Why did Matthew leave out three generations: Ahaziah, Joash, and Amaziah? Scholars cite some reasons for the seeming discrepancy. In many biblical lists of descendants, cadence and pattern hold great importance. Matthew presented three groups of fourteen generations each: fourteen from Abraham to David; another fourteen from David to the Babylonian exile; and a third set of fourteen from the Babylonian exile to Jesus.
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May 1st, 2013
I recently had an online exchange with someone who was arguing against middle knowledge. He included statements like, “Supposedly Scripture teaches man has a free will” and, “That’s no where in Scripture.” You’ll be surprised how much doctrine we believe to be true is not explicitly stated in Scripture. Here are a few things that are not explicitly stated in Scripture that are commonly accepted doctrines:
- The Trinity: I believe God exists in a trinity of persons and I believe the Bible teaches the trinity but only implicitly. You’re not going to find “trinity” or “three persons in one being” anywhere in the Bible.
- The Hypostatic Union: There isn’t a clear articulation of the coherence of the hypostatic union in Scripture. The Bible merely teaches what it was and that it happened.
- Dispensationalism: Find the Greek word for that, I dare you. Hebrew will get you extra points, go. (For the record, I wouldn’t consider myself a dispensationalist).
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March 29th, 2013
For a list of all my posts regarding the Geisler controversy please see The Geisler Directory located on the right side of the screen under “Most Popular Posts.” To view Dr. Geisler’s most recent attacks directed towards Robert Sloan over Mike Licona please see his post: “Houston Baptist University Defends Mike Licona’s Denial of Inerrancy.” I have discovered that Dr. Geisler’s arguments have recently the fate of unjustified assertions and contradictions. Unless Dr. Geisler ever clarifies his own denial of inerrancy, according to his standards (by affirming abortion in one book only to argue against abortion using the very same passages of Scripture), I can no longer take his arguments and integrity seriously. I doubt he’ll ever respond. He’s been caught throwing rocks in his glass house.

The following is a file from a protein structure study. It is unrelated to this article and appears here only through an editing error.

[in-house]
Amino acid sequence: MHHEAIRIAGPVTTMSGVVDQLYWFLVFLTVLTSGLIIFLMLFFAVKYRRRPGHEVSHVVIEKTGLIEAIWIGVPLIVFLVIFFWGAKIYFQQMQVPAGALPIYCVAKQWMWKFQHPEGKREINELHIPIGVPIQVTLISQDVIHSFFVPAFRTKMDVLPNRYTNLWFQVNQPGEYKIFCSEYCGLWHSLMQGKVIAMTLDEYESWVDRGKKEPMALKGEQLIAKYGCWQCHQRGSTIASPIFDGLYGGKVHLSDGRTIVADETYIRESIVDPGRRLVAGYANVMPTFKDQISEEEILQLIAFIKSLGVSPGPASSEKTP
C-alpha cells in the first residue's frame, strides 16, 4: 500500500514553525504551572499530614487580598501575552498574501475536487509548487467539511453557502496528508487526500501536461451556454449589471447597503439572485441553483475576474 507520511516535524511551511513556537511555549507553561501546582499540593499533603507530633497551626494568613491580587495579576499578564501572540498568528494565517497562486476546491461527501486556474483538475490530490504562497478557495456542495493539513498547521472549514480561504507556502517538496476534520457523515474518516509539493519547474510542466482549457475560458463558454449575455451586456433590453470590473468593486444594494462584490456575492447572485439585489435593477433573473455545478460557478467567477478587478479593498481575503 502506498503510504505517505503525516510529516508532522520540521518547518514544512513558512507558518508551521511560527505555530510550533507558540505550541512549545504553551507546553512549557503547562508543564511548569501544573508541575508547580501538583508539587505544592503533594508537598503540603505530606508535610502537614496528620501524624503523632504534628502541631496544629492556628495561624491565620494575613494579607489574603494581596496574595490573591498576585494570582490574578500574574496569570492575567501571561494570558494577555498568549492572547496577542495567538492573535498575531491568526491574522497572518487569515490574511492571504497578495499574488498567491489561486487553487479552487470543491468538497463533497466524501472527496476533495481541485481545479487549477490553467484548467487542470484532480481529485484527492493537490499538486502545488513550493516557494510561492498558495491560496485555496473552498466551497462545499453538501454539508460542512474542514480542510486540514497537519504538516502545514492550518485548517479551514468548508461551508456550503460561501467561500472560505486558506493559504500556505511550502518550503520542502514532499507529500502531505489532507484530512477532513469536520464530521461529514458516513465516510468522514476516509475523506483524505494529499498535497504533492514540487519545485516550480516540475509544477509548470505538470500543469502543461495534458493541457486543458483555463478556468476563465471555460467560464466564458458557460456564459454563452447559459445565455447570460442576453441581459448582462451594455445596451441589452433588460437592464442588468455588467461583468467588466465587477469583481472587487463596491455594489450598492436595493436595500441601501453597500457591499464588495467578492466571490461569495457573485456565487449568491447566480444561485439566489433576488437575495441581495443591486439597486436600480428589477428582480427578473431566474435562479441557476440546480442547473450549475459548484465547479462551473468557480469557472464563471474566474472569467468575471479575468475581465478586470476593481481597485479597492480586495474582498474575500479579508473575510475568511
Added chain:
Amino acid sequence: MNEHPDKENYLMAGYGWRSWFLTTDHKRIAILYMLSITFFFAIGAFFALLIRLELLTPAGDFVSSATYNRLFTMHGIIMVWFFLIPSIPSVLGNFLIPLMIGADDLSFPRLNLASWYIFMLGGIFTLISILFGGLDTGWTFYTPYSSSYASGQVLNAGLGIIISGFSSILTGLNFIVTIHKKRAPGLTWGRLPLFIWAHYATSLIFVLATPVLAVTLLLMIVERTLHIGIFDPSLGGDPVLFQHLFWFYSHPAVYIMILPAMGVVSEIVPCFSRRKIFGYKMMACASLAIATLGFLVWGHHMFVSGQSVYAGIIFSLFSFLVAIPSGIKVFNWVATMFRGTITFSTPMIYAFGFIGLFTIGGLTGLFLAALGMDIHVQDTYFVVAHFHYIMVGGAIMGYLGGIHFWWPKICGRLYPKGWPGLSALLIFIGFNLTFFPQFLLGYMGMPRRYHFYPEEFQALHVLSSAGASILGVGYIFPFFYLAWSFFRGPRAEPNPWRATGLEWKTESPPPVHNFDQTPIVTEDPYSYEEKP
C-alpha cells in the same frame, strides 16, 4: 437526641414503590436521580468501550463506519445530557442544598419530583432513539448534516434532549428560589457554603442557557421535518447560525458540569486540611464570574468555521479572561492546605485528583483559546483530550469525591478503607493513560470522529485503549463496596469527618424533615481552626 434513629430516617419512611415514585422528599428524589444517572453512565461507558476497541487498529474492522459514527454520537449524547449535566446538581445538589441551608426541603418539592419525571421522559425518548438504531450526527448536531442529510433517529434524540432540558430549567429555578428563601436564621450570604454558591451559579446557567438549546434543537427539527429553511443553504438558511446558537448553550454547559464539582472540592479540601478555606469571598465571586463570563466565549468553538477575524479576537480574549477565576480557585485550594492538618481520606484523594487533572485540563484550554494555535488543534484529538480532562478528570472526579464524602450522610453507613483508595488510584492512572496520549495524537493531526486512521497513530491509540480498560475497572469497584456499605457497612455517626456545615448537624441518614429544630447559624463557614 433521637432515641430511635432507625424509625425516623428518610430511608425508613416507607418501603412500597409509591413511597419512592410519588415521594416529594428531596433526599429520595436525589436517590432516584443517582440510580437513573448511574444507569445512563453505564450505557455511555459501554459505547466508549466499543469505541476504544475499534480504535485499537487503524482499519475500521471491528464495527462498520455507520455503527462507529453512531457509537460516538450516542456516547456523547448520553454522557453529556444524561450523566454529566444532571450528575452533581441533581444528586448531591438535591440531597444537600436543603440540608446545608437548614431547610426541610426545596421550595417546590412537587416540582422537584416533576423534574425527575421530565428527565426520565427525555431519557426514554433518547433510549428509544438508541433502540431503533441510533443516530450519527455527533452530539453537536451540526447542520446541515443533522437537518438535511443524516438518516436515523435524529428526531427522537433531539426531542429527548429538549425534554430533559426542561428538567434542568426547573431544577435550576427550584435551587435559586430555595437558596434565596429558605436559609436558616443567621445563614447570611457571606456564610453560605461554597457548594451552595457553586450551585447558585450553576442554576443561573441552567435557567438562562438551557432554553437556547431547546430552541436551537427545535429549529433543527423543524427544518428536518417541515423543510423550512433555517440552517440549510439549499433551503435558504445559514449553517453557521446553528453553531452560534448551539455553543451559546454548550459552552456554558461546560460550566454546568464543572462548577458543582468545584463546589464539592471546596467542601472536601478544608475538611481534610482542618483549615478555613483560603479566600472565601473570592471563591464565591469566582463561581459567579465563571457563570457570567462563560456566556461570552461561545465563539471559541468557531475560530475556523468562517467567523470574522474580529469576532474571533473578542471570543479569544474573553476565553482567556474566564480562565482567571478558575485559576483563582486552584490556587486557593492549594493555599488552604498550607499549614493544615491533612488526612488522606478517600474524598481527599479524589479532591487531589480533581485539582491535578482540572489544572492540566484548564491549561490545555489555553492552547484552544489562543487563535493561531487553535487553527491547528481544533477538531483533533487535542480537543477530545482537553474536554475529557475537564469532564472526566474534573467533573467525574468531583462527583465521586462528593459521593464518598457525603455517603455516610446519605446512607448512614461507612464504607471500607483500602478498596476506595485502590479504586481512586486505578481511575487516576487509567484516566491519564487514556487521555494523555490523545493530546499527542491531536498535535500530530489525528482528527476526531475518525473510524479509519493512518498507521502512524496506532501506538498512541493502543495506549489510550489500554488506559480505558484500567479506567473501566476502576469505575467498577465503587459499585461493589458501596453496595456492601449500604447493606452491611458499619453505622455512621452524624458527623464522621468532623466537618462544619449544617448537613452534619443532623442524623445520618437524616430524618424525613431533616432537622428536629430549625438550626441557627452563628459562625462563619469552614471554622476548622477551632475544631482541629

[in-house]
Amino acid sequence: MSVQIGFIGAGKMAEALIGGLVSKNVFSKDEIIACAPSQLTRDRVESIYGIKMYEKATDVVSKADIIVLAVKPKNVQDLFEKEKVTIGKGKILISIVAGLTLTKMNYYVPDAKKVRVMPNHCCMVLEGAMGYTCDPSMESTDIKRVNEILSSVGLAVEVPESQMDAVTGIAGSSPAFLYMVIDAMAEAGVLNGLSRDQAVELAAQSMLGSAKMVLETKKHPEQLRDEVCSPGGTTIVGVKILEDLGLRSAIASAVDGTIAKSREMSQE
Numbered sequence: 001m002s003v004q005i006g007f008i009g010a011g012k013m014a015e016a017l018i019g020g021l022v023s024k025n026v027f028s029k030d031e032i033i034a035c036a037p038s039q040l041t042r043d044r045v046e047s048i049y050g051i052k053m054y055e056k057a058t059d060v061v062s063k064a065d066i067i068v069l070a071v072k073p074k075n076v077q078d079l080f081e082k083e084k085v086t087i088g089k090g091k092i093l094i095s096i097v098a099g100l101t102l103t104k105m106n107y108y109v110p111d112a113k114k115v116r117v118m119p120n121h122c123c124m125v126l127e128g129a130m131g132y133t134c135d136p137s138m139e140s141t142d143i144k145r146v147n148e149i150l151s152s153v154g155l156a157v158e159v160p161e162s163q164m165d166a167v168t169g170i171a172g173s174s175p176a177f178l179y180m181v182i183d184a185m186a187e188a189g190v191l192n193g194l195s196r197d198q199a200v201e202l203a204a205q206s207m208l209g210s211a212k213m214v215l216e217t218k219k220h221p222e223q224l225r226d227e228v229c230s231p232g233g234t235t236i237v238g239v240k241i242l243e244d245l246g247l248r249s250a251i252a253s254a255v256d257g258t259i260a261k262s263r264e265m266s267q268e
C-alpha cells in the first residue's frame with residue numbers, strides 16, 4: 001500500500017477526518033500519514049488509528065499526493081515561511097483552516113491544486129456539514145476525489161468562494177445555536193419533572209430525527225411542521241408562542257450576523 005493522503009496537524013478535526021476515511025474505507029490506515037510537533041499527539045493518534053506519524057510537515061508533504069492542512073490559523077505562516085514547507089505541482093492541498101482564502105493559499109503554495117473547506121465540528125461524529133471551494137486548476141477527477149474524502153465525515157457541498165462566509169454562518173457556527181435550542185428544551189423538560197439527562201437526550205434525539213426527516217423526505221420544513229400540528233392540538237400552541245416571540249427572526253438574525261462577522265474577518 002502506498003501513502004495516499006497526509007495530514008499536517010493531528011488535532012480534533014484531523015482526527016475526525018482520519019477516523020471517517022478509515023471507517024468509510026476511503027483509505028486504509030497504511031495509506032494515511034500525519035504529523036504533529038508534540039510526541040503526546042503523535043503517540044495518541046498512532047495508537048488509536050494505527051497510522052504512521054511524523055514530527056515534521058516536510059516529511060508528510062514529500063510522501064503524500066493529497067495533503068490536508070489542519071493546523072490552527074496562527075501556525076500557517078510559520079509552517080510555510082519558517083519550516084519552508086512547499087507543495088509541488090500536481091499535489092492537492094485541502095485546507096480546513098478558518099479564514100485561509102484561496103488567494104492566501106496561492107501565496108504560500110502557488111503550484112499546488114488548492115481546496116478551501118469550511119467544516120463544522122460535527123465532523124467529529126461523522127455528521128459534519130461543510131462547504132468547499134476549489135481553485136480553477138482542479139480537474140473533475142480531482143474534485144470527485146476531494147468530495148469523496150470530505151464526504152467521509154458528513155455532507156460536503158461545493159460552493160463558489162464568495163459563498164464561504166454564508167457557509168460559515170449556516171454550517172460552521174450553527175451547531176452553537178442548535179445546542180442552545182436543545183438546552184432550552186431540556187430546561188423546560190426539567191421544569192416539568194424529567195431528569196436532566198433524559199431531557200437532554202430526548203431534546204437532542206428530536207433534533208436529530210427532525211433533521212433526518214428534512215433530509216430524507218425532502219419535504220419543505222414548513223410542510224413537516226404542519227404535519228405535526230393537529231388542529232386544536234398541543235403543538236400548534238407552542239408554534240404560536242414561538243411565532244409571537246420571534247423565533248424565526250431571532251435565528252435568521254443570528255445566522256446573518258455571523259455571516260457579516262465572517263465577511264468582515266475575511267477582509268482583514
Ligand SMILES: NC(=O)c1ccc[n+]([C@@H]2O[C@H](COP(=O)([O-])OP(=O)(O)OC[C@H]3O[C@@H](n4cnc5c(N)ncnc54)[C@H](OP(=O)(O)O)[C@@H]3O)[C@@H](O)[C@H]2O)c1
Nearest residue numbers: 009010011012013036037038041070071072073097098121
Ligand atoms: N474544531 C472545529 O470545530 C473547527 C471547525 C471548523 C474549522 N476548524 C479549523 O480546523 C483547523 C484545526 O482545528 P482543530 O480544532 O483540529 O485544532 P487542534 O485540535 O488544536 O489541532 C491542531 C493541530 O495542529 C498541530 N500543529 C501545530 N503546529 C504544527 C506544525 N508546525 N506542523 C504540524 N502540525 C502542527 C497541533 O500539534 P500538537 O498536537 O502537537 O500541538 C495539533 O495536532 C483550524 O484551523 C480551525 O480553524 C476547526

For documentation and arguments concerning Geisler’s utter inconsistency please see my post: “Geisler’s Denial of Inerrancy: The Shot Heard ‘Round the World.”
Reblogged from Nick Peters’ Deeper Waters.
I’d like to begin this post by asking everyone to open their Bibles and please turn to the book of ICBI.
“There is no such book as ICBI.”
Now I find this surprising because lately, I’m finding it quoted so much by “true defenders of Inerrancy” that I would think it’s right up there with Scripture. The club of ICBI has lately found a new target and that’s in Robert Sloan, president of Houston Baptist University (HBU) that hired Dr. Mike Licona as a professor there. HBU has been putting together a crack apologetics team and I suspect will soon be an apologetics hub in the world.
Yet for some people, it doesn’t matter as long as you don’t play their song and dance.
So what is being said in the latest rant?
“Despite the fact that Mike Licona lost his positions at the Southern Baptist Home Mission Board, at Southern Evangelical Seminary, and at Liberty University subsequent to the public criticism of his views on inerrancy by Southern Baptist leaders like Al Mohler and Page Patterson and others, Houston Baptist hired Licona and placed its blessing on his views.”
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October 28th, 2012
Recently, Dr. Michael Licona (Houston Baptist University) spent time in Canada debating Yale professor Dr. Dale Martin on questions concerning the resurrection and self-understanding of Jesus. Below are links to the videos.
“Did Jesus Rise Physically From the Dead?”
Dr. Michael Licona and Dr. Dale Martin discuss the question “Did Jesus Physically Rise From the Dead?” The first evening of the 2012 Religion Soup discussion took place Oct 18, 2012 at St. Mary’s University.